– February’s been a crazy month but one big plus has been some of the up-and-comers having breakthrough tournaments. I’ve been losing interest in the ATP of late but i’m really encouraged to see some of the teens do well, particularly Zverev and Fritz. I’m most excited about Zverev who I really enjoy watching.


  8. Good post Alexander.

    It’s a good month for smaller players too. All three of the players selected to be chosen between for the WTA’s Player of the Month for February – Carla Suarez Navarro, Sara Errani and Roberta Vinci – are under 5′ 6″ tall. Plus, Domi Cibulkova (5′ 3″) made the final in Acapulco, as did Bara Strycova (5′ 4 1/2″)


  9. Maria Sharapova to give a press conference? even though I have never been a Sharapova fan,I hope she isnt going to retire,at age 29.


    • Yes, tonight. I feel exactly the same, not a fan but hope it’s not retirement. There are so many rumours flying around at the minute. I’d be shocked if it was retirement, her hand/shoulder or something else would have to be in a bad state to end it. I was concerned though when she pulled out of IW, over a week before she would have played her first match. It could be Sugarpova related but the vibe seems to be something negative. Again, i’d be shocked if it was retirement but must be a big deal to have a press conference about it!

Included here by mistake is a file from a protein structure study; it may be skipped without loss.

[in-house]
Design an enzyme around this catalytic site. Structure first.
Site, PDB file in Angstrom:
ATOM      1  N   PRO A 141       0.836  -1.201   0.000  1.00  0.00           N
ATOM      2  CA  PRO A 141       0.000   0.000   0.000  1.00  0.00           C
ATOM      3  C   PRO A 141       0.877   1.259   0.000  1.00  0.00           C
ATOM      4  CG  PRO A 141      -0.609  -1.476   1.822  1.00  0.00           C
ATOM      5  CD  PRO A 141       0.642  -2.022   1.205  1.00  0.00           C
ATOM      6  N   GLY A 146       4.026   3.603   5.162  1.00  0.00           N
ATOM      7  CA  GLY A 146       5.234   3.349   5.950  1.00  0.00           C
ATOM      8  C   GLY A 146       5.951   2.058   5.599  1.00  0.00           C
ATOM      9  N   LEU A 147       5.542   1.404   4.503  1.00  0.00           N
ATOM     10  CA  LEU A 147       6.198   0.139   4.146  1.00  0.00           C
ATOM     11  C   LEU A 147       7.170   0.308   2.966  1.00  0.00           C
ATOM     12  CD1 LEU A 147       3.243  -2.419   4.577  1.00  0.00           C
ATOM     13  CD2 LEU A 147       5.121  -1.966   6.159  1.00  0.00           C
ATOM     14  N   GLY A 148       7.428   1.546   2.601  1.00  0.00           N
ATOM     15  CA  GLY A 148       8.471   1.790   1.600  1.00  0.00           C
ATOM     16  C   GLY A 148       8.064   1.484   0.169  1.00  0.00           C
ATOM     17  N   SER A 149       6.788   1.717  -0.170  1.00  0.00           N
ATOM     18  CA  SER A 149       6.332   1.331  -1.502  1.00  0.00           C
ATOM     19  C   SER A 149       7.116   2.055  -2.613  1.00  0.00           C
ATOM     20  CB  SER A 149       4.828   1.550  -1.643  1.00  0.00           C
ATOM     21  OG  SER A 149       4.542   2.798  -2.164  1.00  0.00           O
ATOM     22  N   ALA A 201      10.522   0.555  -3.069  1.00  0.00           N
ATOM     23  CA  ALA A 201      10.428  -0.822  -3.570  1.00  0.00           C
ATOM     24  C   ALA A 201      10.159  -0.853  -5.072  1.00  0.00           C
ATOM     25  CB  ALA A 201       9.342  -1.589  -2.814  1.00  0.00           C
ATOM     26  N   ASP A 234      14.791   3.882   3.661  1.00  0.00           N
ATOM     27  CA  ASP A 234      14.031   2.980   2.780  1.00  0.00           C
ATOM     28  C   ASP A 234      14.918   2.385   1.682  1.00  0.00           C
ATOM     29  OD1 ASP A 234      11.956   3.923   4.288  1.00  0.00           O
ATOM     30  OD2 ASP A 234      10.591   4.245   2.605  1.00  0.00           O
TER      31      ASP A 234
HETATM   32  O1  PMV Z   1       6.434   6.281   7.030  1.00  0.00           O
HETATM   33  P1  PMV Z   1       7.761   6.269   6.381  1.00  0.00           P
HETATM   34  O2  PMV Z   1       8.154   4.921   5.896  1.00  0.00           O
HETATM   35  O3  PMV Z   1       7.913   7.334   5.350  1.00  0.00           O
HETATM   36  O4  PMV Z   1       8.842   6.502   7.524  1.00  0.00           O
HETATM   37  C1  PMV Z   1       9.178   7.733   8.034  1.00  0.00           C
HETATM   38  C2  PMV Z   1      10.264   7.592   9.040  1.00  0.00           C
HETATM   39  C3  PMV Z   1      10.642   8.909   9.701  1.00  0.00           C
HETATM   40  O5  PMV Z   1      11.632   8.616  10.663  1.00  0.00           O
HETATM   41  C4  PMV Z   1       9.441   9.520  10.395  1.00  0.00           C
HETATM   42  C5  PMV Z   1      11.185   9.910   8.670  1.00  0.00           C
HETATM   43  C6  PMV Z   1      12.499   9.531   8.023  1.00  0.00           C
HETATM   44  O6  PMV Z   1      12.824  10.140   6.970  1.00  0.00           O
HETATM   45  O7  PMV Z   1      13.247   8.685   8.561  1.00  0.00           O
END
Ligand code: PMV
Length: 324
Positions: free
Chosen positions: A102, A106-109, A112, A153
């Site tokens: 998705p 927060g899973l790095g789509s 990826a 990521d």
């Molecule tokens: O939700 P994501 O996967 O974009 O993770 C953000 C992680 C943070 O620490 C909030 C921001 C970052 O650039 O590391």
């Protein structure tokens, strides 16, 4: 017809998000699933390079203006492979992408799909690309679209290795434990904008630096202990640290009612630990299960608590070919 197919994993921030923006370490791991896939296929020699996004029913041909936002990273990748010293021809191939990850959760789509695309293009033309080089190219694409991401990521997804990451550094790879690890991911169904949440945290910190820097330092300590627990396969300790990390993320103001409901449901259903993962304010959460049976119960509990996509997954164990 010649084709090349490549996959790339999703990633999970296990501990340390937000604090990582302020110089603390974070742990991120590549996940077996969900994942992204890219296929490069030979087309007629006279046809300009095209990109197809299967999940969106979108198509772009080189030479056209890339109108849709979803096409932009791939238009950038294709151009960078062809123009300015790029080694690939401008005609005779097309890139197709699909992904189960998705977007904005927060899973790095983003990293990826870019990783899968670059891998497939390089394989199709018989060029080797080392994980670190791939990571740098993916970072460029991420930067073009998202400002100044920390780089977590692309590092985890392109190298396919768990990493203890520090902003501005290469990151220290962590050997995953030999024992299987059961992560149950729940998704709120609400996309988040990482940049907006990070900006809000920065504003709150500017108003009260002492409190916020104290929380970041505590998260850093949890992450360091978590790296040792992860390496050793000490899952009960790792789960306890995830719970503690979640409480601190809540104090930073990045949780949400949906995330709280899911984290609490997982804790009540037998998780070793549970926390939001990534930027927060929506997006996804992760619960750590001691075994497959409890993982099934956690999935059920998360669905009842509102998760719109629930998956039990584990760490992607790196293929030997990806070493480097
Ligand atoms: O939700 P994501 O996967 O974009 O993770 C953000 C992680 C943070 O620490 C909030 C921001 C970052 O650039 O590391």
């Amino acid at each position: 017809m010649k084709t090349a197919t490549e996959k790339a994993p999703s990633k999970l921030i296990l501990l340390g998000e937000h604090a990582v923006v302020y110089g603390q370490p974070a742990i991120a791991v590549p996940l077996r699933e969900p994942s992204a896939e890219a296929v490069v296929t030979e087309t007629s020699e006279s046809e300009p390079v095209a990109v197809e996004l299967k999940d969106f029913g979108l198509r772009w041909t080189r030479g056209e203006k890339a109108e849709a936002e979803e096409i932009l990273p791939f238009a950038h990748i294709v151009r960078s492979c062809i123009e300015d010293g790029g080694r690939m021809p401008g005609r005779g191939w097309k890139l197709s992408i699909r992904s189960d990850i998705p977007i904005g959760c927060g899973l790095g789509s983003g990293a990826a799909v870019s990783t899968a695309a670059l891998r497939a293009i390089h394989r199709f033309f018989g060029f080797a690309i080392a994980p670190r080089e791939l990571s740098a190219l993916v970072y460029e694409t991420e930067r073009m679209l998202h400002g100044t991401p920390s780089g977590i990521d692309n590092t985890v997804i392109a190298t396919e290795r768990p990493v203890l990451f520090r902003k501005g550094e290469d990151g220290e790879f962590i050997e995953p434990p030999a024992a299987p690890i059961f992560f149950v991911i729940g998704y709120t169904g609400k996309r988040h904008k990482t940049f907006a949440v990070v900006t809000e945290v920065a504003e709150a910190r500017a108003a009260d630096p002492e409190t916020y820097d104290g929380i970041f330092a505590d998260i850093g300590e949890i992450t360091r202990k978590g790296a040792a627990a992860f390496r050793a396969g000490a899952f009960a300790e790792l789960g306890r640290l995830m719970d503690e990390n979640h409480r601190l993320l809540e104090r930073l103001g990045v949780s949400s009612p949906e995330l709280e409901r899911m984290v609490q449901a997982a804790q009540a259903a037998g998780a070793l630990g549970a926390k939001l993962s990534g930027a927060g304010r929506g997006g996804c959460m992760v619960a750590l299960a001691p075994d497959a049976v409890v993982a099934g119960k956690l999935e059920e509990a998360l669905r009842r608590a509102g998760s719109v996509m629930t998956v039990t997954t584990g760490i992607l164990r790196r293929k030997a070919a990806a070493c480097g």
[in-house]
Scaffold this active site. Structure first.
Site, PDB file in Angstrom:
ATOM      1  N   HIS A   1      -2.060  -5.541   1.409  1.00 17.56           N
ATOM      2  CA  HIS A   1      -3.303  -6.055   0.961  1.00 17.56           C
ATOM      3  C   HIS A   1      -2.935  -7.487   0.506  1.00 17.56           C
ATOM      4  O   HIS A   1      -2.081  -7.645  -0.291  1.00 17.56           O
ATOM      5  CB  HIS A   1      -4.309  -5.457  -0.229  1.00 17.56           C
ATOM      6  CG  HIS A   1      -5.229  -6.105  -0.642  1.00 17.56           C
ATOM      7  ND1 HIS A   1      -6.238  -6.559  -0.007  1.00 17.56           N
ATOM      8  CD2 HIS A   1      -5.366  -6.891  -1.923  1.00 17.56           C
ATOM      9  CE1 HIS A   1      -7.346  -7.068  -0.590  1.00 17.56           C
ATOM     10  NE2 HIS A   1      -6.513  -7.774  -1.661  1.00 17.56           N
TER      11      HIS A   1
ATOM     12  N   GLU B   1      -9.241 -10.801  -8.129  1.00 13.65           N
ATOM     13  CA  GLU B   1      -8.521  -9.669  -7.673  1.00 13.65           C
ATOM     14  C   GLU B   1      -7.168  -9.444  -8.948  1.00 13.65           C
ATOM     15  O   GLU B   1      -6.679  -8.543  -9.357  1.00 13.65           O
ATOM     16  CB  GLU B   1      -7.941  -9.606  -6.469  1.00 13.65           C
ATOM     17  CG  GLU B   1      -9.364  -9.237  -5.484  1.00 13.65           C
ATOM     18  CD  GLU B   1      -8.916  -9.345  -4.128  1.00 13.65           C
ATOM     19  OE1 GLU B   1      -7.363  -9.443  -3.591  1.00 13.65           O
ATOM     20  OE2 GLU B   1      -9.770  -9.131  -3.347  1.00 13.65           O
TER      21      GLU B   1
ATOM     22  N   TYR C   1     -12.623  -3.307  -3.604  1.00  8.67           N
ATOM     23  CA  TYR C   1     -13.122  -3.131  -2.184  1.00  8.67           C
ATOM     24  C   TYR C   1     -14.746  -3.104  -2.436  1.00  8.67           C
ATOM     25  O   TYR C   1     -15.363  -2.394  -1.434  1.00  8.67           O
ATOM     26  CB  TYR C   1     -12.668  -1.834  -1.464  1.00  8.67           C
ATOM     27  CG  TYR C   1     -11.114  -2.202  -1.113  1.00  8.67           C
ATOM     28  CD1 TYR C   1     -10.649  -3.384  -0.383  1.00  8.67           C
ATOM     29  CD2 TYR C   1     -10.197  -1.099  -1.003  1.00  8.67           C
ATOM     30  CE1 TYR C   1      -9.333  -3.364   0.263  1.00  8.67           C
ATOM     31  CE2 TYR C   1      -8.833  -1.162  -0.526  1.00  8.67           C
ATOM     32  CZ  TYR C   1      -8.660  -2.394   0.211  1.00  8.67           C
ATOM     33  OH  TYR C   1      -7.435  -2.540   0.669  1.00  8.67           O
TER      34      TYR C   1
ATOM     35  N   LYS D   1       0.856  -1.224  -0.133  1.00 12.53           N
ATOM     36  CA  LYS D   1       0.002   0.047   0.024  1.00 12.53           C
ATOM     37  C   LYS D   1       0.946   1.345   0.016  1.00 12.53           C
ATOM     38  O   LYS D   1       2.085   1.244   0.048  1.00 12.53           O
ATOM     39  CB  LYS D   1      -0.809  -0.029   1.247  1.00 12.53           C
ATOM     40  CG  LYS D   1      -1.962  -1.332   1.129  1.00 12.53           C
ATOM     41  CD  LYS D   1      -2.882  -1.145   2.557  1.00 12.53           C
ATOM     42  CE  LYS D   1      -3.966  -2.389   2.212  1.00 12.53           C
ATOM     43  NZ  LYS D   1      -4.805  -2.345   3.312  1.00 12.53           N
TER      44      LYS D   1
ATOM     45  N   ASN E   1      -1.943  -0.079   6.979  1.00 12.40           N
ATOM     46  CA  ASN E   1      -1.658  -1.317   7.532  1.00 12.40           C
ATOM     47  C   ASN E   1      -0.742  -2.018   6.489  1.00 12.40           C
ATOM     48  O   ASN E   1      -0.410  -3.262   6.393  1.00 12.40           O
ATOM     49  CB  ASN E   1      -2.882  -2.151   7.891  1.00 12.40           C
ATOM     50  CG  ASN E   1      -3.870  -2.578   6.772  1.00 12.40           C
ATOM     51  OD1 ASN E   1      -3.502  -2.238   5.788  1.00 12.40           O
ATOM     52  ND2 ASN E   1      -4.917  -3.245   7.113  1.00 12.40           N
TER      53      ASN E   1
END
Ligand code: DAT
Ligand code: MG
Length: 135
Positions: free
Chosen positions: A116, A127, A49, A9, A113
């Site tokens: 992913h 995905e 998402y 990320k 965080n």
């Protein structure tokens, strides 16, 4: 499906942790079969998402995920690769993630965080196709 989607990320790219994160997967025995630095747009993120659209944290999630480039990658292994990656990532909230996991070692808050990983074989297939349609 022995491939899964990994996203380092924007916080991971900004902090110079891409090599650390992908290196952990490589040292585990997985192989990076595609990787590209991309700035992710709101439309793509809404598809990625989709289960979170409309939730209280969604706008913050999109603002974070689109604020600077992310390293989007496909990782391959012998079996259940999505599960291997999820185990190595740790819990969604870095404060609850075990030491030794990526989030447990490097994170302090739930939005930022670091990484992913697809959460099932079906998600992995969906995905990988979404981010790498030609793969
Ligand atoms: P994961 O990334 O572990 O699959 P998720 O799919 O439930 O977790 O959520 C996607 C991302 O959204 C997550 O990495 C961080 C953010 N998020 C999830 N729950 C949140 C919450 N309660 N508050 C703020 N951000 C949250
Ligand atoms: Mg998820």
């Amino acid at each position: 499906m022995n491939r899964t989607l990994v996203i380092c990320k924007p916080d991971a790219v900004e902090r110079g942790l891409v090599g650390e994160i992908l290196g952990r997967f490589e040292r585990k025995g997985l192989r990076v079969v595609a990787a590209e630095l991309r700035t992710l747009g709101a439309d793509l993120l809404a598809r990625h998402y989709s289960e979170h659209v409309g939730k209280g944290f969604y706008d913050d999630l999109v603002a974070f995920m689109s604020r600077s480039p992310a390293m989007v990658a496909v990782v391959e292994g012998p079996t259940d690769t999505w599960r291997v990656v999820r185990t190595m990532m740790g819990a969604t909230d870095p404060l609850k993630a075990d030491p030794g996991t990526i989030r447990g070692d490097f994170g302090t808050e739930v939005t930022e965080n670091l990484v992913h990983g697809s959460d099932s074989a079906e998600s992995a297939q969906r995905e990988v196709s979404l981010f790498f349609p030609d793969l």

• I think it could be retirement as to my knowledge Maria hasn’t called a press conference for any other decision she’s made concerning her career.

        I don’t like her screaming on court or, tbh, much enjoy her game but I certainly respect her mental strength and consistency; she very rarely loses to a player ranked lower than 20.


    • Well, a failed drugs test it is. If she is given a lengthy ban she might as well call it a day, no ? I do sympathise with her eloquent explanation but the rules are the rules and you can only bend them so far to accommodate this or that. It will come down to what the wta decides to do.
      Still a smart move on her part to fill us in before the cat is let out of the bag, a seasoned business athlete she is.


      • Yeah, I knew it wasn’t going to be good news but I’m still surprised to find out that it was a failed drugs test.

        Brad Gilbert has said that he thinks it was an honest mistake on Maria’s part, that as she said she started taking this mildronate before it was added to the proscribed substances list and on the instructions of her doctor, as treatment for a medical condition. When it did eventually appear on this list it was under a different name and not one Maria was familiar with.

        I generally respect his judgment so I have to agree.